The message definitions are based on the DPRAM and IOCB fields outlined in the discussion relating to FIGS. 3-7. Relatedly, all AHI messages have a common header, the AHI header. FIG. 8 is a graphical illustration of the data structure of an AHI message. The fields of the AHI header are defined as:
ah-- type: This field describes what type of AHI message follows. From the host computer to the terminal adapter, this field defines a plurality of message types, one of which is denoted as an IOCB message. The IOCB message is used to send IOCBs and related data for processing in the terminal adapter. For messages from the terminal adapter to the host computer, this field provides the Host Code functionality described above, for which at least an IOCB-- DONE message type is defined, denoting that an IOCB has been processed to completion. Among other message types, this field defines a DAV message denoting data is available on an asynchronous channel and a DRQ message denoting that the terminal adapter is ready for more data on an asynchronous channel. Terminal adapter ahi tasks also generate an AHI nonIOCB complete message as described in more detail below.
ah-- iolen: This filed specifies the total length of the message comprising the length of the header plus the number of bytes remaining in the message.
The message formats for host computer-to-terminal adapter communications employ IOCBs to communicate with the terminal adapter. The AHI protocol only supports the existence of IOCBs and data within the VDPRAMs, since the terminal adapter has no direct access to host computer memory. Thus, all references to IOCBs and related data are through the offsets from the base of VDPRAM "data" area. The terminal adapter and the host computer each maintain a "virtual" DPRAM, the base of which is used as the base for the offsets in the IOCB PTR and DATA fields. Each host-to-terminal AHI message, therefore, includes an IOCB header as follows:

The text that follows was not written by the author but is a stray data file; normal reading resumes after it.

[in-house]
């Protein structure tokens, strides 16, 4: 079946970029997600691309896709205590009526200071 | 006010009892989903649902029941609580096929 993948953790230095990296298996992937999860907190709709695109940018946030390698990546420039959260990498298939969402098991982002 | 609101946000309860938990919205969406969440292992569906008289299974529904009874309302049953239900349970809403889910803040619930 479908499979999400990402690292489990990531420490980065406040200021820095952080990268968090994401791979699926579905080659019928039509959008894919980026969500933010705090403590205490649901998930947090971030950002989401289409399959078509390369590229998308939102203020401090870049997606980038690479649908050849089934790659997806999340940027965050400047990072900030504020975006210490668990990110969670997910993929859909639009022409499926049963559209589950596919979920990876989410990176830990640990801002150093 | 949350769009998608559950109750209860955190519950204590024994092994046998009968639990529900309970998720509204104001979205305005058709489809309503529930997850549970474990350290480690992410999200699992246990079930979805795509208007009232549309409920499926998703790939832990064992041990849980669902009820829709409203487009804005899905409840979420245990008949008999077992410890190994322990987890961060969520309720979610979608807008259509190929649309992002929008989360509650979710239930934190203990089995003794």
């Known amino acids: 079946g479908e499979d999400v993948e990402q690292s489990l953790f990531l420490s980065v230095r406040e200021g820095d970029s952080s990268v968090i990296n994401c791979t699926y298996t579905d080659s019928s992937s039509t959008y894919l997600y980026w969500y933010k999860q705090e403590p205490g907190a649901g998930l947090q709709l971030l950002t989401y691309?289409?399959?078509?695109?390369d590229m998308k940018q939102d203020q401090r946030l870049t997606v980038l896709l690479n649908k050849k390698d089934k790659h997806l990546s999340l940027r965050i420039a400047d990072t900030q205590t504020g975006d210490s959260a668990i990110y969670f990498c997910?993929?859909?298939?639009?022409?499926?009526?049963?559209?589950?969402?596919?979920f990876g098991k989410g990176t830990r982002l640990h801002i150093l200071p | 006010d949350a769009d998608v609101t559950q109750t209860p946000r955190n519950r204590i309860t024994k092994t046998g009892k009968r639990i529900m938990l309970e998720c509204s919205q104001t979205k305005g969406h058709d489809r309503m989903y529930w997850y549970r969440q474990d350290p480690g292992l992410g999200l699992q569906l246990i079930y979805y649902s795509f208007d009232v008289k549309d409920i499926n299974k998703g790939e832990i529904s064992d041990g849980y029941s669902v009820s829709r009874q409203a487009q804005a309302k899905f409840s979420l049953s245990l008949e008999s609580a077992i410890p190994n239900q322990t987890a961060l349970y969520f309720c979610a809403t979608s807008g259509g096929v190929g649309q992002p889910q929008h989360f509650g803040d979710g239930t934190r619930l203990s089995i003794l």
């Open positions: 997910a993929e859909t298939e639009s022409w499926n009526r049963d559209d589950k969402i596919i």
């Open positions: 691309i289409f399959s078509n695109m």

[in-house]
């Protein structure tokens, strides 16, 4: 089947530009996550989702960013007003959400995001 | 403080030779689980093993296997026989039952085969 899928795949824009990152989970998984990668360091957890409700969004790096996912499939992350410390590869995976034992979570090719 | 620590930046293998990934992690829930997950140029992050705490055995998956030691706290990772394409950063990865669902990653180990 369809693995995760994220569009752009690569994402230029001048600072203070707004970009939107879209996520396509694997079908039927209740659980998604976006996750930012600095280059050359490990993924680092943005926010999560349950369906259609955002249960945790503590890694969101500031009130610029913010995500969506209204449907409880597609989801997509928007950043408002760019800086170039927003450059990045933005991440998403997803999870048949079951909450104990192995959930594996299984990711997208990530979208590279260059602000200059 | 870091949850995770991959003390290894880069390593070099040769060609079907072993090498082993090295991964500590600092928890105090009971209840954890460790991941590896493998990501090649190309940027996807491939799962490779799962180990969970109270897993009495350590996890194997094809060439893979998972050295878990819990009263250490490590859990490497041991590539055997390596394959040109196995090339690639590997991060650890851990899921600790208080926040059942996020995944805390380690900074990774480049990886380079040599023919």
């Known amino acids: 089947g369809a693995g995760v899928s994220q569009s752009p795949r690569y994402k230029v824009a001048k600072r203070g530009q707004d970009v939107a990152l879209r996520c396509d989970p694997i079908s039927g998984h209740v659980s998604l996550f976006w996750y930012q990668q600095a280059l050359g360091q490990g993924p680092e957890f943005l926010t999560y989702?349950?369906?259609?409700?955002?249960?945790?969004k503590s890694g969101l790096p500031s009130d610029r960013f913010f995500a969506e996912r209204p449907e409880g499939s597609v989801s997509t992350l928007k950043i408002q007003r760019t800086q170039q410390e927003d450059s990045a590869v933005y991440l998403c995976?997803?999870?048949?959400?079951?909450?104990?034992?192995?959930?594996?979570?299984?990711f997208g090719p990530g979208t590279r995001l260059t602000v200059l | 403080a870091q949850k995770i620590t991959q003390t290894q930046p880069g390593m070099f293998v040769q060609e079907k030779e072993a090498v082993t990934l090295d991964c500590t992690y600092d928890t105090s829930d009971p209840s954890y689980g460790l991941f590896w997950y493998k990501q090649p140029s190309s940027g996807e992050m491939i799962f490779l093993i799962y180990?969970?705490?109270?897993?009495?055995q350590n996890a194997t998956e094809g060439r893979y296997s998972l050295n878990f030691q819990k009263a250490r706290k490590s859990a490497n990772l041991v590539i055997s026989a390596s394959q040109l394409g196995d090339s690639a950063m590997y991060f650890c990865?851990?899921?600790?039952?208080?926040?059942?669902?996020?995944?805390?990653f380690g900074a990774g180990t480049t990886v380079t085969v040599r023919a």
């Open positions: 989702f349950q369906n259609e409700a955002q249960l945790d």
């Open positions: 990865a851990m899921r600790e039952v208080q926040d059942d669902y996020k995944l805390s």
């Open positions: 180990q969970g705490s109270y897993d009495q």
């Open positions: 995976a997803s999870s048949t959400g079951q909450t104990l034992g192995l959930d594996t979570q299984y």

______________________________________typedef struct /* AHI IOCB header */ahi.sub.-- iocb.sub.-- hdr bit16 length; /*"extension" length */ bit16 mhj.sub.-- dev; /* Destination routing */ bit16 min.sub.-- dev; /* Application-specific use */ bit16 data.sub.-- len; /* Length of data following this header */ bit16 iocb.sub.-- ptr; /* IOCB offset in VDPRAM bit16 data; /* data offset in VDPRAM */}______________________________________
The significance and use of the iocb-- ptr and data fields have been discussed above. The length field contains the size of an associated AHI message extension.
All of the IOCB-specific information contained in VDPRAM registers pertinent to an AHI message is contained in the ahi-- iocb-- hdr and the message-specific extension fields. The standard extension (ahi-- ext) is:
__________________________________________________________________________typedef struct ahi.sub.-- std.sub.-- ext /* AHI Standard IOCB Extension */ bitl6 command; /* OPEN, CLOSE, READ, WRITE, IOCTL */ bit16 cmd.sub.-- modifier; /* Further refines command */ bit32 cmd.sub.-- param; /* Optional parameter for some commands */}__________________________________________________________________________
The standard extension is used to transfer IOCBs containing channel commands. The commands illustrated above are operating system-specific, as will be understood by those skilled in the art. These commands are not intended to limit the kinds of commands that can be sent according to the protocol of the invention.